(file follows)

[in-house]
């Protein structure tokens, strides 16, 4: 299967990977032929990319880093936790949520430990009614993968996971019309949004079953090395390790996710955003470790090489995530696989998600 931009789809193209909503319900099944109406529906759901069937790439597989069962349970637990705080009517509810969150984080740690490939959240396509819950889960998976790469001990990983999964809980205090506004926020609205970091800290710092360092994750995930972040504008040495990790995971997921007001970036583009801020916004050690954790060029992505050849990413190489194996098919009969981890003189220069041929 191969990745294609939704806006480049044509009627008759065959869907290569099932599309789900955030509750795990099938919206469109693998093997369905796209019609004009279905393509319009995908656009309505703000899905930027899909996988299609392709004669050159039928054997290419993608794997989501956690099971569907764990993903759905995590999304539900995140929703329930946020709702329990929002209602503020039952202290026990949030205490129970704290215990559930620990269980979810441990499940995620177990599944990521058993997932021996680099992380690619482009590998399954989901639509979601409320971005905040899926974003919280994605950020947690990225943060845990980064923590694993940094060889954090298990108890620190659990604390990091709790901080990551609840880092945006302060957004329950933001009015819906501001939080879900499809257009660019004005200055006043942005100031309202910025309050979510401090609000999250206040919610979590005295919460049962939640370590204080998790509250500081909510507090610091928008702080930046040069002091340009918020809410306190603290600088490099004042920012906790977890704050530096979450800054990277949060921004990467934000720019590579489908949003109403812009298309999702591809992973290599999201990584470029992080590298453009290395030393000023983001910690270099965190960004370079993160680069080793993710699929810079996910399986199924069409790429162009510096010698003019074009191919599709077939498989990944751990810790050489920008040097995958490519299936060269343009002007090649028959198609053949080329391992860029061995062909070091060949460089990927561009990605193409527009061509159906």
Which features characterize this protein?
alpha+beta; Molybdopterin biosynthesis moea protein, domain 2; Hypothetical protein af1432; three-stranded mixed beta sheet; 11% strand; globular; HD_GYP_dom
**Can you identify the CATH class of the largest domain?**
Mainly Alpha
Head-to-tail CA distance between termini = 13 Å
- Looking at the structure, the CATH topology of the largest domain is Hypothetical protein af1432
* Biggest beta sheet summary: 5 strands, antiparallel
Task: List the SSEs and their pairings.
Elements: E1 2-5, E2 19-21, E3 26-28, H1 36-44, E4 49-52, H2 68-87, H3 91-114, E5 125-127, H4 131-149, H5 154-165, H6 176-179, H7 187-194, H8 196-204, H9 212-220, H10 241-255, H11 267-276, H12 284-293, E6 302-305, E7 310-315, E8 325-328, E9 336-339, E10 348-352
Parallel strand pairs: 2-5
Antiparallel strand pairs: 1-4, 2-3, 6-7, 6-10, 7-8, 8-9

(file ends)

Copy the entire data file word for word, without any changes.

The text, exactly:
[in-house]
């Protein structure tokens, strides 16, 4: 299967990977032929990319880093936790949520430990009614993968996971019309949004079953090395390790996710955003470790090489995530696989998600 931009789809193209909503319900099944109406529906759901069937790439597989069962349970637990705080009517509810969150984080740690490939959240396509819950889960998976790469001990990983999964809980205090506004926020609205970091800290710092360092994750995930972040504008040495990790995971997921007001970036583009801020916004050690954790060029992505050849990413190489194996098919009969981890003189220069041929 191969990745294609939704806006480049044509009627008759065959869907290569099932599309789900955030509750795990099938919206469109693998093997369905796209019609004009279905393509319009995908656009309505703000899905930027899909996988299609392709004669050159039928054997290419993608794997989501956690099971569907764990993903759905995590999304539900995140929703329930946020709702329990929002209602503020039952202290026990949030205490129970704290215990559930620990269980979810441990499940995620177990599944990521058993997932021996680099992380690619482009590998399954989901639509979601409320971005905040899926974003919280994605950020947690990225943060845990980064923590694993940094060889954090298990108890620190659990604390990091709790901080990551609840880092945006302060957004329950933001009015819906501001939080879900499809257009660019004005200055006043942005100031309202910025309050979510401090609000999250206040919610979590005295919460049962939640370590204080998790509250500081909510507090610091928008702080930046040069002091340009918020809410306190603290600088490099004042920012906790977890704050530096979450800054990277949060921004990467934000720019590579489908949003109403812009298309999702591809992973290599999201990584470029992080590298453009290395030393000023983001910690270099965190960004370079993160680069080793993710699929810079996910399986199924069409790429162009510096010698003019074009191919599709077939498989990944751990810790050489920008040097995958490519299936060269343009002007090649028959198609053949080329391992860029061995062909070091060949460089990927561009990605193409527009061509159906």
Which features characterize this protein?
alpha+beta; Molybdopterin biosynthesis moea protein, domain 2; Hypothetical protein af1432; three-stranded mixed beta sheet; 11% strand; globular; HD_GYP_dom
**Can you identify the CATH class of the largest domain?**
Mainly Alpha
Head-to-tail CA distance between termini = 13 Å
- Looking at the structure, the CATH topology of the largest domain is Hypothetical protein af1432
* Biggest beta sheet summary: 5 strands, antiparallel
Task: List the SSEs and their pairings.
Elements: E1 2-5, E2 19-21, E3 26-28, H1 36-44, E4 49-52, H2 68-87, H3 91-114, E5 125-127, H4 131-149, H5 154-165, H6 176-179, H7 187-194, H8 196-204, H9 212-220, H10 241-255, H11 267-276, H12 284-293, E6 302-305, E7 310-315, E8 325-328, E9 336-339, E10 348-352
Parallel strand pairs: 2-5
Antiparallel strand pairs: 1-4, 2-3, 6-7, 6-10, 7-8, 8-9